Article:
President Obama's announcement this week of a comprehensive U.S. military campaign against the Islamic State of Iraq and Syria (ISIS), also known as ISIL, was recognized by members of both parties as a significant escalation of America's involvement in the conflict.
But some Republicans are still pushing for more.
In addition to the U.S. air strikes already being launched against ISIS targets in Iraq, Mr. Obama said Wednesday, American warplanes are preparing to strike the group in Syria as well. In addition, the U.S. would begin equipping and training Syrian rebel groups to take the ground war directly to the extremists in that country, he said, and the U.S. would send more troops to the region to advise regional allies fighting ISIS.
Republicans welcomed those changes on Sunday, but several warned that U.S. may need to deepen its involvement further to ultimately neutralize the terrorist group that has ransacked Iraq and Syria in recent months.
"There is no way in hell you can form an army on the ground to go into Syria, to destroy ISIL without a substantial American component. And to destroy ISIL, you have to kill or capture their leaders, take the territory they hold back, cut off their financing and destroy their capability to regenerate. This is a war we're fighting, it is not a counterterrorism operation," said Sen. Lindsey Graham, R-South Carolina, on "Fox News Sunday. "Our strategy will fail yet again. This president needs to rise to the occasion before we all get killed back here at home."
Graham said be "disingenuous and delusional" to pretend that American air power will suffice, and he suggested that American special forces would ultimately need to be sent in to "dig these guys out."
"I am tired of hearing from this administration how easy this is going to be," he concluded.
Rep. Michael McCaul, R-Texas, suggested on CBS' "Face the Nation" that it was "unwise" of the Secretary of State John Kerry to say the U.S. was not asking other countries in the region to commit ground troops. He also said the U.S. would eventually need "advisers and special forces" to guide an air campaign in Syria.
"There's been no urgency," he complained. "This threat has been out there for over a year. And, finally, the White House started to pay attention to it after the beheadings, after the American people started to rally behind this. He finally comes out with an address to the nation. But now it's catchup time, and it's catchup time trying to get a coalition together and a strategy together."
Some military experts also voiced concerns about whether the U.S. mission, as the president described it, would be enough to turn the tide against ISIS.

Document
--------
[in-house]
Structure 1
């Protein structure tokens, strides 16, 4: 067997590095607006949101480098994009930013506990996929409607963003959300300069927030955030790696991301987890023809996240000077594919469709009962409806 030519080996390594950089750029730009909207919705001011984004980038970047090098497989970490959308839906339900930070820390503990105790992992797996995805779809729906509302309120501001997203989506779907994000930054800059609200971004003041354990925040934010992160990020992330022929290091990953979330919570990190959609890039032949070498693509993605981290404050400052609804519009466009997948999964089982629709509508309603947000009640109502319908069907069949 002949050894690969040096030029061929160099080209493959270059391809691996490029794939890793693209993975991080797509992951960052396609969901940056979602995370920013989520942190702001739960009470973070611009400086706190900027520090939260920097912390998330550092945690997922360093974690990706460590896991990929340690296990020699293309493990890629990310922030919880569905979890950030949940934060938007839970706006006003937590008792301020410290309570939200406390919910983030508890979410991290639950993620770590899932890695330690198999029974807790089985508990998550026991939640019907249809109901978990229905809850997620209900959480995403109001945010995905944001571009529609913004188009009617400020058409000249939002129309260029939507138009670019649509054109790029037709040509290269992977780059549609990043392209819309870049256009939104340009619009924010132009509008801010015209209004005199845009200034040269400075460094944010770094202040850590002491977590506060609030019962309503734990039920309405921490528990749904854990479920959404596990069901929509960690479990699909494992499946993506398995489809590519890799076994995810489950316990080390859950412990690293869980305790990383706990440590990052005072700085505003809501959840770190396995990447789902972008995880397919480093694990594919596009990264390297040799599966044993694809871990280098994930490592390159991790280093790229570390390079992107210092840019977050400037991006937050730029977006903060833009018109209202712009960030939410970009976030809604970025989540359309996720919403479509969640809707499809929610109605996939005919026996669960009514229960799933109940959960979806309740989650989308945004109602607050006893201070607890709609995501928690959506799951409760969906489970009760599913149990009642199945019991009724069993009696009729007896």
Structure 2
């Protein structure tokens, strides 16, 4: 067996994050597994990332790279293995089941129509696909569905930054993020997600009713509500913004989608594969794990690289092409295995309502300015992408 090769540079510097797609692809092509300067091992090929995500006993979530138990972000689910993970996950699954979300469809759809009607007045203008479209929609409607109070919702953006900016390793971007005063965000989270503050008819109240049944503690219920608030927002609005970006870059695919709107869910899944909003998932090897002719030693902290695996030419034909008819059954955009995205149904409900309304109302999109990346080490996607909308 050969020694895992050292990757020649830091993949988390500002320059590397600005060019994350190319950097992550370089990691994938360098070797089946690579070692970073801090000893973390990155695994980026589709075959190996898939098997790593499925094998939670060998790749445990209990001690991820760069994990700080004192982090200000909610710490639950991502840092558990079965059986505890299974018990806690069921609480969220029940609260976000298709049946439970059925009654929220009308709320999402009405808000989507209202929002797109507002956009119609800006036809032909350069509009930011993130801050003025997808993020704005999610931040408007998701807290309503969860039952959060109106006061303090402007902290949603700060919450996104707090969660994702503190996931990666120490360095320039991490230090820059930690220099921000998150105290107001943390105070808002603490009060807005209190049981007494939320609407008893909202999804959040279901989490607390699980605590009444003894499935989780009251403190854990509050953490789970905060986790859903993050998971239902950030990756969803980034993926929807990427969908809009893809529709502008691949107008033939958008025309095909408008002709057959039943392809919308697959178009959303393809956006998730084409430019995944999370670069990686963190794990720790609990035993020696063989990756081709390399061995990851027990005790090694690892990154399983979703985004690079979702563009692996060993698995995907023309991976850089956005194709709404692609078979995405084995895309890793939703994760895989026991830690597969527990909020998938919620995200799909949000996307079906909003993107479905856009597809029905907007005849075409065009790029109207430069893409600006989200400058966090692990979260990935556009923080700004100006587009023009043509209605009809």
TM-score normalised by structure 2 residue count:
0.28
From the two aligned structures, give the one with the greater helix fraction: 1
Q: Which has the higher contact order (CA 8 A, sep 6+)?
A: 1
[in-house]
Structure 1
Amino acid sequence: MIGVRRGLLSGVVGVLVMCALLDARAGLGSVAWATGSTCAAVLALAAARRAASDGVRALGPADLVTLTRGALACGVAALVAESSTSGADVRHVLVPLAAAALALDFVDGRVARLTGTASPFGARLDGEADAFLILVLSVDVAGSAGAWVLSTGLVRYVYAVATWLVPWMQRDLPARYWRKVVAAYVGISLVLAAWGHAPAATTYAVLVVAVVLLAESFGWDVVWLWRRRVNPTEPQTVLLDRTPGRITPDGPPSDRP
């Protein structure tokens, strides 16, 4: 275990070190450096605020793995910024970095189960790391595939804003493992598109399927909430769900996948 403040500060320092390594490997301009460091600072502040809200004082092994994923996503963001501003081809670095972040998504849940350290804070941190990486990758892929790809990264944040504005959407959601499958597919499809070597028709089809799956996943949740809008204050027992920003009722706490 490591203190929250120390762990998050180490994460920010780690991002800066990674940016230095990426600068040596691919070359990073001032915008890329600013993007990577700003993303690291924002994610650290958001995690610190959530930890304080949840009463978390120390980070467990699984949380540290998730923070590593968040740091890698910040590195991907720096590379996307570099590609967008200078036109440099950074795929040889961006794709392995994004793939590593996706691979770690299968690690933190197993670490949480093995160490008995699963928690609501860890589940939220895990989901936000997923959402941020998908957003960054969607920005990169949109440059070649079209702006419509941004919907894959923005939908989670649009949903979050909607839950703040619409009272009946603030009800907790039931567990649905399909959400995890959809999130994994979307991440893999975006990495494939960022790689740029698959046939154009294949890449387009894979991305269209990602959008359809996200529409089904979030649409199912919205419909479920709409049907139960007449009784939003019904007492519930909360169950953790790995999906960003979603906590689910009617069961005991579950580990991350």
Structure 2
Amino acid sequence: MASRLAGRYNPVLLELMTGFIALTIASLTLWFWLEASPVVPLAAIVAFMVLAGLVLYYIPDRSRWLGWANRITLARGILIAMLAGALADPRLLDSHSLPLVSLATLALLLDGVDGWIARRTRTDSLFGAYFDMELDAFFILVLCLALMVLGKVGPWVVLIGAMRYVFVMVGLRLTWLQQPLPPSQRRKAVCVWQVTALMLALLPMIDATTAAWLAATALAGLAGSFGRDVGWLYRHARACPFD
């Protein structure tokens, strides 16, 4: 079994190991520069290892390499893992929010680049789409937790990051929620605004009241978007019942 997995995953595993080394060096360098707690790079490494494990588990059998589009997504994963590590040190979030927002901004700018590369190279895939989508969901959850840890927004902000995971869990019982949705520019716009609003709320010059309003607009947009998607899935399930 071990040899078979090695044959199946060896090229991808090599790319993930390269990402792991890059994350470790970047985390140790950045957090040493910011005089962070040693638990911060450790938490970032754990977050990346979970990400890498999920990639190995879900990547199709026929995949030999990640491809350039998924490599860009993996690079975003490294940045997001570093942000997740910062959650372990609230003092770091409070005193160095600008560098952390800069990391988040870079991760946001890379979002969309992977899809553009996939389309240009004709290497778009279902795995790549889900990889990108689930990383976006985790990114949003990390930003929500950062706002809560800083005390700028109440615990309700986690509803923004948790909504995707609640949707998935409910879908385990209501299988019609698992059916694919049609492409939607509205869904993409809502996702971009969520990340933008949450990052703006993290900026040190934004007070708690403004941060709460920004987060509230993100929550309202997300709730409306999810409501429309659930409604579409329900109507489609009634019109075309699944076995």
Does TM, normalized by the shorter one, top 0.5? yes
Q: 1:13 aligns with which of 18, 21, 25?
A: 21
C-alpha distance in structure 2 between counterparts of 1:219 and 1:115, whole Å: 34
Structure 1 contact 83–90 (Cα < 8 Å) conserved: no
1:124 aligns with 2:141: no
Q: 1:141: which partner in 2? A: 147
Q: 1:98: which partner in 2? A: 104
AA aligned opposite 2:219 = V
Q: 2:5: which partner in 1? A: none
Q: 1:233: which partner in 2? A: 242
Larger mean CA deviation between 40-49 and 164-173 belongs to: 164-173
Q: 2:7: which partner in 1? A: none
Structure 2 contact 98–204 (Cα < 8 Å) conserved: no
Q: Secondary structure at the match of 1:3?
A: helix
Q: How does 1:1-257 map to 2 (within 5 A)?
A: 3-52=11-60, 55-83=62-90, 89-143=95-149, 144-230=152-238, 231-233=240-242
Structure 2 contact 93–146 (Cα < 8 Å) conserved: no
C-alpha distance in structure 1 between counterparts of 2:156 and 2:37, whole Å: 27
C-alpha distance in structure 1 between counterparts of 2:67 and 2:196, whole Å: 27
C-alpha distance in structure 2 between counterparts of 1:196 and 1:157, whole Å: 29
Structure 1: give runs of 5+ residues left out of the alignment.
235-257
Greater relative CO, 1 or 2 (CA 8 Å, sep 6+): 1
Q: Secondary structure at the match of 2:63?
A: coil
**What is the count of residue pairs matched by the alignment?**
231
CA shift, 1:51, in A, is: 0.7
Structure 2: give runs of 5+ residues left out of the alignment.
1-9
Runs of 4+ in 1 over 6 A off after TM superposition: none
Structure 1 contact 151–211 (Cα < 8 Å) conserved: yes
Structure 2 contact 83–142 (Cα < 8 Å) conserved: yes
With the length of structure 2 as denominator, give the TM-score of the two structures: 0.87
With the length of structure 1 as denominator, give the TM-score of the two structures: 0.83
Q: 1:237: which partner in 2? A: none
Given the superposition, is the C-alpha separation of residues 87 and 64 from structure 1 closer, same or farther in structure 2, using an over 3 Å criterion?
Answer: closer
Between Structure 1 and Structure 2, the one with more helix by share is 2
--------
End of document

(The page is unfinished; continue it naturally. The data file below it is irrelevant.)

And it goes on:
Gen. James Cartwright, a former vice chairman of the Joint Chiefs of Staff, told ABC News than an air campaign against ISIS would "probably will not destroy" the group.
"The only way we can think about destroying ISIS in this particular strategy is that the forces on the ground will have to do the destroying," he said. "And we'll provide the air cover and the ability to allow them to maneuver, give them protection."
And Gen. Michael Hayden, the former director of the CIA and the National Security Agency, said he is far more confident in the U.S. approach today than he was before the president's speech, but he still worried it may not be enough.
"The airpower thing is good," he said, "but I don't think anyone believes...that airpower alone will be sufficient to achieve what the president has set out with regard to our objectives."
"When you just rely on airpower, when you make airpower the centerpiece of what you're going to do, people don't doubt your strength, they doubt your intention, they doubt your will," he continued. "Are you in this all in or not?"
Hayden predicted the U.S. would eventually end up deploying a small but active special forces presence in both Iraq and Syria.
The White House and congressional Democrats, though, defended the administration's strategy, promising a relentless campaign to degrade and destroy the terrorist presence.
"People should not think about this effort just in terms of strikes," Secretary of State John Kerry told "Face the Nation." "In fact, as some have pointed out, that alone is not going to resolve this challenge."
Kerry reiterated the president's opposition to sending American troops into combat against ISIS, but he said other countries were ready to assist militarily. "Every single aspect of the president's strategy, and what is needed to be done in order to accomplish our goal, has been offered by one country or multiple countries," he said.
And White House chief of staff Denis McDonough promised a "strong, steady" campaign against ISIS, though he too ruled out the use of U.S. ground troops.
"Ultimately the President has made his decision on that," he said. "We're going to provide our unique capabilities and airstrikes and intelligence and training and then it will be up to the Syrians on that side of the border to finish the job."
Sen. Jack Reed, D-R.I., said the president's plan has "great potential to succeed."
"No one is suggesting this is going to be easy," Reed told " Fox News Sunday." He said the best way for the U.S. to help neutralize ISIS is to assist regional allies fighting a ground war against the group rather than committing American combat troops to the fight.